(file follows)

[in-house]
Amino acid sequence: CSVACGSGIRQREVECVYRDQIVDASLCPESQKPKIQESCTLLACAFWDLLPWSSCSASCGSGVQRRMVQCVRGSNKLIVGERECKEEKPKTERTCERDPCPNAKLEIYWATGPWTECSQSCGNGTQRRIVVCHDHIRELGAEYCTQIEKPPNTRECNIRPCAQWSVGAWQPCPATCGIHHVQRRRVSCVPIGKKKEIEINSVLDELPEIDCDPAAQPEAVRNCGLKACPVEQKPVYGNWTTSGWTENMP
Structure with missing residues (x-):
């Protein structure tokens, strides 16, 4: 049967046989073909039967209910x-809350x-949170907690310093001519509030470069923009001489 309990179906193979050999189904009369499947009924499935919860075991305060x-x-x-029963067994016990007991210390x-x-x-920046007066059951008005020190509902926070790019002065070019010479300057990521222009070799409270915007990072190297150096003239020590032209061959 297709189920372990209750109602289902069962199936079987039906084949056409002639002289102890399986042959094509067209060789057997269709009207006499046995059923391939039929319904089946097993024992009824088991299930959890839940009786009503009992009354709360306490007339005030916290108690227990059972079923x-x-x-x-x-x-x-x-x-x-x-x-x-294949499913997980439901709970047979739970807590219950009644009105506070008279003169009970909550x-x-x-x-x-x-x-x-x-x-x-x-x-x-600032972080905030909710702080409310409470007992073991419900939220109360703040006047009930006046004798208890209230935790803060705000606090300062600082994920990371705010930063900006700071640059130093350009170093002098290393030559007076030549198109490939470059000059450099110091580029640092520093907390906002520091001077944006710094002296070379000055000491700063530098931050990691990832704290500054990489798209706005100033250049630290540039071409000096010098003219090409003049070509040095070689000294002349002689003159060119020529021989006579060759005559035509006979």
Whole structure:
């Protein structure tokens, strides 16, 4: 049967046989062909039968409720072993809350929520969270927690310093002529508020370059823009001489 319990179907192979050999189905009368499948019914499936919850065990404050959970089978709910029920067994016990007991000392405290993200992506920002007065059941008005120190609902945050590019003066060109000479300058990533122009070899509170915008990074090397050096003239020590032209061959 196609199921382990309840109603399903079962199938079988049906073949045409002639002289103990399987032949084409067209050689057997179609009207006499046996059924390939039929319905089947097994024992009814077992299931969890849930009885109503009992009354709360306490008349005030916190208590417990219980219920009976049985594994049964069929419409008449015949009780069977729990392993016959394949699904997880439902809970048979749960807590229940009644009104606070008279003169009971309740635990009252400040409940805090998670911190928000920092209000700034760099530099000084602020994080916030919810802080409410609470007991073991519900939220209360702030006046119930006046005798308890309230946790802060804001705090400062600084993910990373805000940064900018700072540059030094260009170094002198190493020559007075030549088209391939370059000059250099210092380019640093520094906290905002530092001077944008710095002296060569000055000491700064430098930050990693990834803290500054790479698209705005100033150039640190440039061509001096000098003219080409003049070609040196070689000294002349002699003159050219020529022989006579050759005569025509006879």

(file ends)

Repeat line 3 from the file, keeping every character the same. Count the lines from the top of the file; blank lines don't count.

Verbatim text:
Structure with missing residues (x-):